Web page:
MIAMI BEACH — Hewlett-Packard will open its arms to more VARs who want to sell its OpenView applications, partners were told here at the company’s annual software forum.
However, the number of successful applicants may be short – which is fine for at least one Canadian reseller.
At a closed-door meeting here this week with its partners that sell the OpenView enterprise management portfolio of applications, executives said they’d like to see more VARs in North America now that CEO Mark Hurd has given the software division aggressive sales targets.
For example, John Moore, regional director of software sales for HP Canada, said his target for this year is a 25 per cent increase in revenue over 2005.
To reach that level “we need help in our implementation partners,” he told reporters Tuesday. “We probably need a variety of partners,” he said, including some who only do licence sales.
However, Moore added that he doesn’t want to see a dramatic expansion of the roughly 10 OpenView partners it has already.
“If I could get five dedicated, well-trained implementation partners across Canada in the next couple of years that would be great,” he said.
News like that would be appreciated by Ian Vaudry, vice-president of sales at HP OpenView partner Strategic Concepts of Mississauga, Ont. , who was worried on Monday when told at the closed-door session the vendor wants more partners in the U.S. However, in an interview later he said it was clarified that the company wants to take it slow.
“We’re still in the early stages” of selling OpenView, he explained, and wants to make sure new VARs have to meet the same certification standards as existing partners.
Long the poor cousin of Hewlett-Packard’s empire behind its profitable printers, servers, PCs and storage, the company’s software division has recently begun getting dressed up with the arrival 100 days ago of Thomas Hogan as its senior vice-president, who had been president and CEO of enterprise content management specialist Vignette.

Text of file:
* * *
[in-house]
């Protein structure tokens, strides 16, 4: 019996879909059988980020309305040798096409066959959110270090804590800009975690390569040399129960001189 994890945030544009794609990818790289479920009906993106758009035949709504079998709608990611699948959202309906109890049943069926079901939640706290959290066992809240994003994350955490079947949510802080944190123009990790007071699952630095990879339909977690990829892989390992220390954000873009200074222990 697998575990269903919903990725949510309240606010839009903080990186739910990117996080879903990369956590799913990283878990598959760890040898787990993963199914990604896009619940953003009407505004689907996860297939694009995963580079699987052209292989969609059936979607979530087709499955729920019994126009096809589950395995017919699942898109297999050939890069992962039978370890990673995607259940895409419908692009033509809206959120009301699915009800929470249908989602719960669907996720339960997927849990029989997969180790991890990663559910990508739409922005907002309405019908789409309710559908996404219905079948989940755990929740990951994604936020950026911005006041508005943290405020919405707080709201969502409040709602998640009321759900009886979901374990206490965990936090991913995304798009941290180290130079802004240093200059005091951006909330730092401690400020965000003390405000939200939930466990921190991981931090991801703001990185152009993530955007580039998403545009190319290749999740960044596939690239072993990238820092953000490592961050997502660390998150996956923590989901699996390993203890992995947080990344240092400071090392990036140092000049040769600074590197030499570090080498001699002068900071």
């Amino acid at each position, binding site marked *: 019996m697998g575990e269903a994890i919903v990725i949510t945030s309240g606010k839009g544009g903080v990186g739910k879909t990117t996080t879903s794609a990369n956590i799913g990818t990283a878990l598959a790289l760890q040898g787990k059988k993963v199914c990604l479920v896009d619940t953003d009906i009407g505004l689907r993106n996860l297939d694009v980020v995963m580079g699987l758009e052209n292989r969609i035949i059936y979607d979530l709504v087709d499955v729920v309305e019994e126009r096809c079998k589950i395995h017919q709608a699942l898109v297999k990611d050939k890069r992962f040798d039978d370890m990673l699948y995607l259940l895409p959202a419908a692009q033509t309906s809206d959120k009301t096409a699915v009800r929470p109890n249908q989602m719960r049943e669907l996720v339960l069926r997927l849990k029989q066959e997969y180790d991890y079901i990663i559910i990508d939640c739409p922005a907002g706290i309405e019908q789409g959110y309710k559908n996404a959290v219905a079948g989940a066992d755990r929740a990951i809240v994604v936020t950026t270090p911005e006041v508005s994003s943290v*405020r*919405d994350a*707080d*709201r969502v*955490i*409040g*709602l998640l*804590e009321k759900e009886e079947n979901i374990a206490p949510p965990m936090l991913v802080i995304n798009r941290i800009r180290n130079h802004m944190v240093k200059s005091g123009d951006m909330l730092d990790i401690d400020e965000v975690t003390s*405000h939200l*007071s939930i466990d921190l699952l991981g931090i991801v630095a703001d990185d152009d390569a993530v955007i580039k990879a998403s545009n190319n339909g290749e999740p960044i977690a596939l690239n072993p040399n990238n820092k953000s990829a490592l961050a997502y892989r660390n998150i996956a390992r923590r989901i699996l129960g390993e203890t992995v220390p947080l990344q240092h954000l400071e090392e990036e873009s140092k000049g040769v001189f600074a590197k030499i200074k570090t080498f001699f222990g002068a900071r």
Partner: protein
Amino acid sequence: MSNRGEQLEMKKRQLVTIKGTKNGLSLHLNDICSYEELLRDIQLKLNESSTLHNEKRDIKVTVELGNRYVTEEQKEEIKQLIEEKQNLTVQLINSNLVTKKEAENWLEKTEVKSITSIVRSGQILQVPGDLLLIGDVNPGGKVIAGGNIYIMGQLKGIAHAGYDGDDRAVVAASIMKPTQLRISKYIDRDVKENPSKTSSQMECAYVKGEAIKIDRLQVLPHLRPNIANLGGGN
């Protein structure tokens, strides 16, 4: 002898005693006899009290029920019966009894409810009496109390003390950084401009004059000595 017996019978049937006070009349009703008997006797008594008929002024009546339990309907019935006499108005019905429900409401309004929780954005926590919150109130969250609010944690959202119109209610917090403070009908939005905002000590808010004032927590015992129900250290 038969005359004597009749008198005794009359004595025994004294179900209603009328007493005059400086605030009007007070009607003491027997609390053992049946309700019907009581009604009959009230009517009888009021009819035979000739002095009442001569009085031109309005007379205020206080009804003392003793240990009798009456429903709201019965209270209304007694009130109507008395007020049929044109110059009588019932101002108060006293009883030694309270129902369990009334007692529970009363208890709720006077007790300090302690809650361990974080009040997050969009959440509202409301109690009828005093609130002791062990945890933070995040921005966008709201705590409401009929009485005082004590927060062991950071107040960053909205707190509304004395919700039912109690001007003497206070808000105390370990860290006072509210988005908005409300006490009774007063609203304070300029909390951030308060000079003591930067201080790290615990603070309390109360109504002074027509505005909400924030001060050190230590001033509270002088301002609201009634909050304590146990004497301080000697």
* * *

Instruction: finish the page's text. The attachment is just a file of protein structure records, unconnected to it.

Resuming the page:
HP Software, which includes the OpenView line and OpenCall telco products, has shown sudden spunk along with the rest of the company. In the past year the division has been profitable for the first time (making about US$330 million a quarter), in part justifying new CEO Mark Hurd’s demand that Hogan — who joined HP only 100 days ago — aggressively grow revenues. Along with sprightly performance in hardware sales, some analysts think Hewlett Packard Co. will pull in more total revenue this year than rival IBM.
At the conference it announced more additions to the already lengthy OpenView portfolio, which totals some 75 products or modules.
They include DecisionCentre, which can run “what-if” scenarios to help organizations decide how to place IT resources; Application Insight 7.0, for discovering and monitoring applications; and AssetCentre 5.0, which can automate asset management.
All will be available later this year.
Company executives also told customers and partners here that more are coming either through internal development or acquisition.
“We have very aggressive plans to lead this market,” Thomas Hogan, senior vice-president of the division said Tuesday in his keynote address.
“We have the brand, the reach and the financial resources,” he said.
Ross Armstrong, an analyst with London, Ont.-based Info-Research at the forum said the new products “seem like a step in the right direction in that they’re fleshing out the OpenView portfolio. But it’s also acknowledging the problem with IT complexity.”
Morgan said customers and VARs should welcome the new products.
DecisionCentre, wholly-developed by HP, will enable CEOs and heads of lines of business see the impact of IT resource trade-offs, he said. Applications Insight, an upgrade from software acquired this year from Perigrine Systems, will give organizations a better map of applications across their networks and how they work with each other, which will aid help desks in troubleshooting, while AssetCentre, also descended from Perigrine, will let IT departments bring solutions to lower the cost of lifecycle management.
All three products give partners new applications to bring to customers as well as integration opportunities, he said.
While word that HP will work slowly to increase the number of its software VARs may please its existing partners, it did make analyst Armstrong wonder if the company is serious about stretching OpenView sales from the enterprise to mid-sized companies. In an interview he noted that server spending among enterprises is dropping, while it’s increasing among medium-sized companies. The OpenView suite has a reputation among mid-size customers of being desirable but expensive, according to Armstrong.
Asked about that, Moore of HP Canada in part acknowledged that by saying the company has to put together business cases for customers and VARs to help them understand the line’s value.
He also noted that many OpenView applications are sold as modules that customers can buy as they need and can afford. “You can pick and chose what’s right for your needs,” he said.